Over the past few days a friend and I have been engaged in a debate over whether or not sharing our political views via social media is a good idea. Now, I’m not one to band about the term ‘keyboard warrior’, but I have definitely been referred to as one.
I believe in the power of social media. I believe it offers us the opportunity to share ideas that may only exist in online spaces due to our ever more bias press and media. I believe it allows us free thought, speech and expression. If utilised correctly it has the power to move the masses into action, and offer unity to fringe societies with big ideas; Anonymous for example. In fact, it’s probably the reason you’re reading this right now.
However, through these discussions I have heard a lot of well-posed arguments about keeping your thoughts to yourself in regards to spouting off online. Some pertain towards the idea that by it’s very nature, social media dictates that mostly everyone we interact with online is already of a similar political alignment, which means a lot of the time we’re preaching to the converted or simply screaming ‘BRICK!’ at the wall. My friend went further, and suggested that what is actually happening is the breeding of a culture that encourages the formation of a far right and far left, as we perpetually support and see support for only our own viewpoints and ideas. We close off discussion and debates in search of harmony with only those who share our ideals. We blinker ourselves, and this cannot be good. Not only this, but isn’t it true that our expressions have far less resonance if they’re only shared with those whom already agree? Are we truly making any change or difference? Or are we guilty of sharing content just to further preen our ideal-digital-selves, in a vein attempt to let the world know we’re awesome and righteous and hot… Because sometimes I think I’m guilty of that.
As I was exploring this idea and connecting dots, it suddenly occurred to me that this same thing is happening in art.
As a theatre maker, I believe that live performance has the ability to change people. Through its processes to its performances, it is the art form, that I think, cares most about it’s participants, as it is by nature a work of collaboration. It has the power to be entertaining, enlightening, reverential, social, and political, and must always take place in front of people.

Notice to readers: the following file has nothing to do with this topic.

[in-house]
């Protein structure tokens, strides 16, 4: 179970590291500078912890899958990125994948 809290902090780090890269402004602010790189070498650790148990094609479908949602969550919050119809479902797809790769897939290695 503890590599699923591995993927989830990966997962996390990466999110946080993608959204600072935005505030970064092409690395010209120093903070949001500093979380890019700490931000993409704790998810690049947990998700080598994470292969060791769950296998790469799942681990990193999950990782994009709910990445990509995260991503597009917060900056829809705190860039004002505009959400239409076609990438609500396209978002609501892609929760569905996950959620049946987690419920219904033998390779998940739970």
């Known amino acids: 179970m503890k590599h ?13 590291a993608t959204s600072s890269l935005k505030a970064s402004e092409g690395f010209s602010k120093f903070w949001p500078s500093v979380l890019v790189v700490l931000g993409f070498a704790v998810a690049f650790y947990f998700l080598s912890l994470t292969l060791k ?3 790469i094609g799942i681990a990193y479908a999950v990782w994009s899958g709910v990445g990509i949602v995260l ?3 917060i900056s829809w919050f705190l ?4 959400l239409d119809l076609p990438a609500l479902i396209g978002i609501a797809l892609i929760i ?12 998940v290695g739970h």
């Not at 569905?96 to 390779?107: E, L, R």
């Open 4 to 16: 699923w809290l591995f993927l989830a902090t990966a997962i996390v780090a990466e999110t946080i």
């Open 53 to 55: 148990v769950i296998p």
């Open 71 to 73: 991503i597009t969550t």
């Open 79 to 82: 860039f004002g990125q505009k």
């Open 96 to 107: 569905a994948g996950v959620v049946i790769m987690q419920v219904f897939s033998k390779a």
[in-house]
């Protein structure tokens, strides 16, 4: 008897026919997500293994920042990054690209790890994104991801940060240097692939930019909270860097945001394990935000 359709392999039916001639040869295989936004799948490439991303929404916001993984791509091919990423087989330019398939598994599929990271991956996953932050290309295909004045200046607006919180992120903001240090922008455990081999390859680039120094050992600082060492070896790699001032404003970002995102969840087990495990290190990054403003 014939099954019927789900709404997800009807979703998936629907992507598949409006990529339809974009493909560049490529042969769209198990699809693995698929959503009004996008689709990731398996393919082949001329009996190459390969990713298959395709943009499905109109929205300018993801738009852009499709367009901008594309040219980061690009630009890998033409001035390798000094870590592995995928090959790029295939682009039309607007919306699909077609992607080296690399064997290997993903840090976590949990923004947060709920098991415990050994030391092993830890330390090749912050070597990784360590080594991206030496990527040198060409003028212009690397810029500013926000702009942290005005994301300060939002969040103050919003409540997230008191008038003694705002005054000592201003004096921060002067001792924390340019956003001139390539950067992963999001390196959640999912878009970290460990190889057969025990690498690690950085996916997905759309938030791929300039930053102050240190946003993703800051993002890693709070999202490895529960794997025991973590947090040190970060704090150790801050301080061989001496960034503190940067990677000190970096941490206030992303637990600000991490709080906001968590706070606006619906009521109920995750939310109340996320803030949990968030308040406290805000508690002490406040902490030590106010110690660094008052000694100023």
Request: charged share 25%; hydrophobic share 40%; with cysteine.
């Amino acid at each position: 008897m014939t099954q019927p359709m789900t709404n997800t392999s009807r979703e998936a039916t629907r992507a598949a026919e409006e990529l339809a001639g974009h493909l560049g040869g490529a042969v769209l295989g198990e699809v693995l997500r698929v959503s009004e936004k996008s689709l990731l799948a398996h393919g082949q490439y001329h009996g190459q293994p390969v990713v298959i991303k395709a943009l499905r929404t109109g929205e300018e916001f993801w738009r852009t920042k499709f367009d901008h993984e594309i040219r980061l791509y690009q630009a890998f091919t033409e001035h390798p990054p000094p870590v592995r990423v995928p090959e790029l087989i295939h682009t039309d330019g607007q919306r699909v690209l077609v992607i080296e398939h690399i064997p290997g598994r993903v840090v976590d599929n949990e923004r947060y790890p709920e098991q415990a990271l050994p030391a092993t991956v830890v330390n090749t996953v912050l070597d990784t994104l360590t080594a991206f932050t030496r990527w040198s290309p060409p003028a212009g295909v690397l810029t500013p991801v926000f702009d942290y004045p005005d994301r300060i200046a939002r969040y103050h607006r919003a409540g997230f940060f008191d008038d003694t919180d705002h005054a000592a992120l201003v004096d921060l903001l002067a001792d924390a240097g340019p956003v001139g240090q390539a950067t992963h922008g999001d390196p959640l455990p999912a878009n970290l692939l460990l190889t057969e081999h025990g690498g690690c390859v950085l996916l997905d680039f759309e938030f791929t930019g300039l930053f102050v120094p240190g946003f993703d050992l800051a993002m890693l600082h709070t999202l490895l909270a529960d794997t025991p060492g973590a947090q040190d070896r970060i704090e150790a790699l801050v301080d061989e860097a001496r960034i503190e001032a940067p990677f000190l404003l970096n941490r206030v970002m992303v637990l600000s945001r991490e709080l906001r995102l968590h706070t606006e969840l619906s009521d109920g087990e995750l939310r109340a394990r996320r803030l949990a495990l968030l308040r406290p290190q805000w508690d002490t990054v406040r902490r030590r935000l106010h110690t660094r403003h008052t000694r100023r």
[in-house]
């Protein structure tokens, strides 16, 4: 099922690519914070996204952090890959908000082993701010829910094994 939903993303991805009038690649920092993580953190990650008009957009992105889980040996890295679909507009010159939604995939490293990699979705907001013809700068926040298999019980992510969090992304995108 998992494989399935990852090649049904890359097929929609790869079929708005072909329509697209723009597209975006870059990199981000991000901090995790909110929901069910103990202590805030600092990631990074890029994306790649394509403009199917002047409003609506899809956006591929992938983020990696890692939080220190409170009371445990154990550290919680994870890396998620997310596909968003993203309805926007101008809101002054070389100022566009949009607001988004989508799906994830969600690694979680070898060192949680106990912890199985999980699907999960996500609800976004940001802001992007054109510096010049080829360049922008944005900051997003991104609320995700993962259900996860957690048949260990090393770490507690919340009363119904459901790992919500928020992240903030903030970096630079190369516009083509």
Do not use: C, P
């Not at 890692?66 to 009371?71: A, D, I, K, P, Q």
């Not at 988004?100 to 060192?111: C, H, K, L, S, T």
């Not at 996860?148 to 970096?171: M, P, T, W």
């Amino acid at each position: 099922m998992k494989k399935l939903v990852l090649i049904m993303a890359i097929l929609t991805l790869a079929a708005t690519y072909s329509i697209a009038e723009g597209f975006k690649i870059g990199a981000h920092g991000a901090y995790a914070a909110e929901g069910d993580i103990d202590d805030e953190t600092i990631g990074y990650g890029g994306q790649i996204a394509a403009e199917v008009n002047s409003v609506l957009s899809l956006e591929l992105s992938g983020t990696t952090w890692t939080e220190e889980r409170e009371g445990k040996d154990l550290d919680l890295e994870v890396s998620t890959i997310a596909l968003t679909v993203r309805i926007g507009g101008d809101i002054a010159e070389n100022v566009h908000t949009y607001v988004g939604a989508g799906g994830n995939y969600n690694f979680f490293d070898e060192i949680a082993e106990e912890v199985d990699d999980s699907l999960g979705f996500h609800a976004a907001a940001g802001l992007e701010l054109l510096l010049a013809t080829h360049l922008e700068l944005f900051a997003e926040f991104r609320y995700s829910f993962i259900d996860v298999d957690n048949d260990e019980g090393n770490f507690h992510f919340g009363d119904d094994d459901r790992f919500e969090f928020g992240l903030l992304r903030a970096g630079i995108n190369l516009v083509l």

I read an article not so long ago that suggested that all theatre should be political, and on the whole I agreed, but finished the article with the idea that all theatre is political. Yes we can focus this assertion with specificity, but I feel theatre has always been connected to exploring the conditions of our humanity, and that is an already politically loaded notion.
Viewing it as an exploration of our humanity is how it has affected me the most. I can’t quite remember all of the outer-body-like experiences and epiphanies I’ve had throughout my numerous years of watching stuff, but I know they have happened. I’m talking about those moments that are so beautifully and delicately constructed they make you completely question something you’d assumed you were settled on. Those moments of anarchy and chaos, changing night after night that remind you, we are animals and imperfection is a constant. Moments that teach you how to love differently, or respond more responsibly. How to speak more clearly, and how to listen more carefully. They’re all in there, somewhere, and they’re so valuable, so valuable in fact, that they should be shared everybody. But more and more do I feel that this isn’t happening.
As theatre makers and goers I fear we are guilty of creating an elite. The ideas that existed, most significantly in the late 20th Century, were about a classist elite formed by wealth, where the only consumers of theatre were rich folk. Now I feel we’re in danger of creating a different kind of elite; an intellectual elite, and more pertinently, a leftist intellectual elite. In terms of what I’m talking about, I think it can be more commonly surmised as: ‘Art for Artists’.
Now, understanding that no two rules are the same, I’m not suggesting that highly evolved and deftly smart performance work shouldn’t exist. I’m not saying that work with references to ingrained ideas, derived from intrinsic theatre analysis; niche art reference points, or conceptual explorations shouldn’t be made. I’m just think that space for work that can be more universally understood should be much larger. I’m suggesting that we should all, in some way, work extra hard to ensure our work is engaging and interesting to audiences without an established theatrical vocabulary. More so than that, the venues that showcase it, the people that fund it and the organisations who make it happen must find ways to make sure the work can be accessed by anyone. Because we have important things to say, significant revelations to be made, passionate pleas to be heard and frustrations to be communicated. We have ideas about compassion, justice, equality, kindness, freedom, thought and expression, that could be so powerful, if we weren’t just sharing them amongst ourselves.
Time after time I have been to see work, and have spotted the same old faces. They’re the faces of artists who are going for more than the experience it’s self. They go to gather insight, to research… and to maybe steal some ideas. They go to keep their toe in the water or show their face, because they have a mate in the show, or because the company they worked for a few years ago had some comps. The rest of the audience are the regulars. The more common-than-not lefties who love a bit of theatre with their wine. I know this, because I’m one of both, and it makes me worry. It makes me worry that unless we quickly find a way to open this whole thing up, all we’re doing is getting together to communally scream ‘brick’ at the wall.
Justin Cliffe is the Artistic Director of the Newport based theatre company Tin Shed Theatre.